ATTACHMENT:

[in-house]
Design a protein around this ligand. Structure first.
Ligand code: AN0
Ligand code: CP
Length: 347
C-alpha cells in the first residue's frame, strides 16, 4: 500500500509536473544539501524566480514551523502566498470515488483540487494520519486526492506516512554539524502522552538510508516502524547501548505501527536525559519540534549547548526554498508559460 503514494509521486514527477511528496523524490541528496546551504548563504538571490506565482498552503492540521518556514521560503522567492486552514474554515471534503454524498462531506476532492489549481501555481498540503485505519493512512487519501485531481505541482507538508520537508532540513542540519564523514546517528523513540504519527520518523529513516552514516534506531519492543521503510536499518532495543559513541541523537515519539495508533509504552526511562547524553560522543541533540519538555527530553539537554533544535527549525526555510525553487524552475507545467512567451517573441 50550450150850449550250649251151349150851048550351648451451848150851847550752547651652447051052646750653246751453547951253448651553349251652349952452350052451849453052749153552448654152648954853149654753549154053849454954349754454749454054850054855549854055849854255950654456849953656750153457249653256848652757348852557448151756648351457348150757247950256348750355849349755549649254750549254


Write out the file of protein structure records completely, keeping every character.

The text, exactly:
[in-house]
Design a protein around this ligand. Structure first.
Ligand code: AN0
Ligand code: CP
Length: 347
C-alpha cells in the first residue's frame, strides 16, 4: 500500500509536473544539501524566480514551523502566498470515488483540487494520519486526492506516512554539524502522552538510508516502524547501548505501527536525559519540534549547548526554498508559460 503514494509521486514527477511528496523524490541528496546551504548563504538571490506565482498552503492540521518556514521560503522567492486552514474554515471534503454524498462531506476532492489549481501555481498540503485505519493512512487519501485531481505541482507538508520537508532540513542540519564523514546517528523513540504519527520518523529513516552514516534506531519492543521503510536499518532495543559513541541523537515519539495508533509504552526511562547524553560522543541533540519538555527530553539537554533544535527549525526555510525553487524552475507545467512567451517573441 50550450150850449550250649251151349150851048550351648451451848150851847550752547651652447051052646750653246751453547951253448651553349251652349952452350052451849453052749153552448654152648954853149654753549154053849454954349754454749454054850054855549854055849854255950654456849953656750153457249653256848652757348852557448151756648351457348150757247950256348750355849349755549649254750549254